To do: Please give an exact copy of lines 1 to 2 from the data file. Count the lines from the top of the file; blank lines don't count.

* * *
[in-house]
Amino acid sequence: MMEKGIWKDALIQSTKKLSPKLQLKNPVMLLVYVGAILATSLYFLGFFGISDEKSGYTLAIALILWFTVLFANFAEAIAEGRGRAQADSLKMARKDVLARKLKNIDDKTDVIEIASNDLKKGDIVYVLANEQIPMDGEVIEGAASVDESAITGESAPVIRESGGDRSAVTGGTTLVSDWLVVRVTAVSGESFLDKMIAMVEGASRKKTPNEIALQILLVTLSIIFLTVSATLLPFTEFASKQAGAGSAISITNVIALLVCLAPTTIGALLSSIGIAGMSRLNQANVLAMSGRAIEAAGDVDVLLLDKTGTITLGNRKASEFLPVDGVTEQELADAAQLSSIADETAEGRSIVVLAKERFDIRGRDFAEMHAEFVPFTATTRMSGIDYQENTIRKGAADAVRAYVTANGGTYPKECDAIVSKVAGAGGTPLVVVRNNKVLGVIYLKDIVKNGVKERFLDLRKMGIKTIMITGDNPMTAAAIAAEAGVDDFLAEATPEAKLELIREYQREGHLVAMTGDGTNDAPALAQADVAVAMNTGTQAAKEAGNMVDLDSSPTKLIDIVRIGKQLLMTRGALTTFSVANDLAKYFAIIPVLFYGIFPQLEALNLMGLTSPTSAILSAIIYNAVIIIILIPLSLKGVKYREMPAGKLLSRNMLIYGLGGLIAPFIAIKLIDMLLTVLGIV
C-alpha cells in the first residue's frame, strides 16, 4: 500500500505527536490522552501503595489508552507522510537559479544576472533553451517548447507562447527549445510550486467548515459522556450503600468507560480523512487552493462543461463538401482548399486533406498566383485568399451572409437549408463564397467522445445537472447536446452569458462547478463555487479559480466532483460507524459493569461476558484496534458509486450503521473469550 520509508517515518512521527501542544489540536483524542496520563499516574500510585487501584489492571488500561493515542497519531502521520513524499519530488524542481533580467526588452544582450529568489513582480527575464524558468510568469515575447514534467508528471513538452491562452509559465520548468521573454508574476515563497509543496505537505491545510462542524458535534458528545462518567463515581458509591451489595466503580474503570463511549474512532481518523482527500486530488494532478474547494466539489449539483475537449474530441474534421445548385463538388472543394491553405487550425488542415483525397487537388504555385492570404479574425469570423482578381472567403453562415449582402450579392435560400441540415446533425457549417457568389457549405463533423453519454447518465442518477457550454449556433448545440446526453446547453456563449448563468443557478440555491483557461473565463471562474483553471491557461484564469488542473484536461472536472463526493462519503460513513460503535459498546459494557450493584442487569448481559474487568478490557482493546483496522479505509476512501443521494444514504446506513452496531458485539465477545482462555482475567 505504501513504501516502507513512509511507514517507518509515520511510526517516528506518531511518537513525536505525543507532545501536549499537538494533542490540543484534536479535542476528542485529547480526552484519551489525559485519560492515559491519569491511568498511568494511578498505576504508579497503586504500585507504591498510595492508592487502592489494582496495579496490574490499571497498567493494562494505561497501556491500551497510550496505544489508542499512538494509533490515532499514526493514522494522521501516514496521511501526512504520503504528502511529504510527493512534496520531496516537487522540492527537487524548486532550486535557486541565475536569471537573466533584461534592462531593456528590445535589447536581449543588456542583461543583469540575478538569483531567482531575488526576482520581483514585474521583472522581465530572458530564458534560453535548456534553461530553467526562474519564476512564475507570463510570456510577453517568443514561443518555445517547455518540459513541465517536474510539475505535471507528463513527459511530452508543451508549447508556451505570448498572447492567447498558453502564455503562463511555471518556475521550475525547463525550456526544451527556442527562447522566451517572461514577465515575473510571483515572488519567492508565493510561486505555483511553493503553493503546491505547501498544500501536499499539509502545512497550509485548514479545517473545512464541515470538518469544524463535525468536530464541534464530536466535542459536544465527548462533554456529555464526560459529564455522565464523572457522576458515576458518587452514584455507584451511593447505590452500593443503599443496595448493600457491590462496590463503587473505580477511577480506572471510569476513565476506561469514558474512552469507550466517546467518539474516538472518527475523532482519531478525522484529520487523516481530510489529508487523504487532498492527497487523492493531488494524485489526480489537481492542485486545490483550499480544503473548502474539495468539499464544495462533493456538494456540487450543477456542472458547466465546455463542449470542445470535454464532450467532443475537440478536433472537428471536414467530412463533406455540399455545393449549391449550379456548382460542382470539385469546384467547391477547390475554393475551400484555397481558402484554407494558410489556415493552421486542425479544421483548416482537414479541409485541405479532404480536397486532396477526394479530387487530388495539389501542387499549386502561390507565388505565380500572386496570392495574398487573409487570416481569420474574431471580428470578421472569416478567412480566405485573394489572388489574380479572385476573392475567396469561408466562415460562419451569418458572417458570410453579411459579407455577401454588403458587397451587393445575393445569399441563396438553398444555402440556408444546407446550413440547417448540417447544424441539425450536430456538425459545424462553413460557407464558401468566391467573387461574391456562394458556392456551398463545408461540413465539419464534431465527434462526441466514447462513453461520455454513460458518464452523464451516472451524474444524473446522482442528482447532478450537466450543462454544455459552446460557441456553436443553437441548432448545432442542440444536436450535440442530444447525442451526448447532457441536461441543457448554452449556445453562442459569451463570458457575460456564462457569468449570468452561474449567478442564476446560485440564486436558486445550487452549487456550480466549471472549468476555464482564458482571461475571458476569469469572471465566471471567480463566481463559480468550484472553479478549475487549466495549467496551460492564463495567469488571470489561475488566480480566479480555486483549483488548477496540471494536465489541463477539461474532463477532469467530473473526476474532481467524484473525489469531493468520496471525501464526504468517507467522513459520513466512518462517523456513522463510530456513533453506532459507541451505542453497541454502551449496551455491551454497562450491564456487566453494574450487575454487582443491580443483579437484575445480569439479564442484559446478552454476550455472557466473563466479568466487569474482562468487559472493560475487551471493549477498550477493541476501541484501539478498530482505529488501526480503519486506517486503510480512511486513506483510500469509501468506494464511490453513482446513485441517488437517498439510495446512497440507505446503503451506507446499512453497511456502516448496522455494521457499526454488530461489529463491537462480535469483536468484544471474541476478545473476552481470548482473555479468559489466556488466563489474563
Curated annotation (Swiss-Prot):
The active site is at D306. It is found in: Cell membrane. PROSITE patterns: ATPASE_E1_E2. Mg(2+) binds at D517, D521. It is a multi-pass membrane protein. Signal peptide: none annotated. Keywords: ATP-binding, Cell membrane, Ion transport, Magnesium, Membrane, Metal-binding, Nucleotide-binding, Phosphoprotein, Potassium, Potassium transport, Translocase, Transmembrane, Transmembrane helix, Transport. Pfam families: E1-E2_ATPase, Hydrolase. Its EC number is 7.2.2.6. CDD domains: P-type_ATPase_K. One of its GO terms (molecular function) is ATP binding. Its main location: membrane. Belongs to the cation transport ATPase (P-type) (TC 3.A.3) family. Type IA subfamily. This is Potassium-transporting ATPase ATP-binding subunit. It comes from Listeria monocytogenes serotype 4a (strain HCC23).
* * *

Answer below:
[in-house]
Amino acid sequence: MMEKGIWKDALIQSTKKLSPKLQLKNPVMLLVYVGAILATSLYFLGFFGISDEKSGYTLAIALILWFTVLFANFAEAIAEGRGRAQADSLKMARKDVLARKLKNIDDKTDVIEIASNDLKKGDIVYVLANEQIPMDGEVIEGAASVDESAITGESAPVIRESGGDRSAVTGGTTLVSDWLVVRVTAVSGESFLDKMIAMVEGASRKKTPNEIALQILLVTLSIIFLTVSATLLPFTEFASKQAGAGSAISITNVIALLVCLAPTTIGALLSSIGIAGMSRLNQANVLAMSGRAIEAAGDVDVLLLDKTGTITLGNRKASEFLPVDGVTEQELADAAQLSSIADETAEGRSIVVLAKERFDIRGRDFAEMHAEFVPFTATTRMSGIDYQENTIRKGAADAVRAYVTANGGTYPKECDAIVSKVAGAGGTPLVVVRNNKVLGVIYLKDIVKNGVKERFLDLRKMGIKTIMITGDNPMTAAAIAAEAGVDDFLAEATPEAKLELIREYQREGHLVAMTGDGTNDAPALAQADVAVAMNTGTQAAKEAGNMVDLDSSPTKLIDIVRIGKQLLMTRGALTTFSVANDLAKYFAIIPVLFYGIFPQLEALNLMGLTSPTSAILSAIIYNAVIIIILIPLSLKGVKYREMPAGKLLSRNMLIYGLGGLIAPFIAIKLIDMLLTVLGIV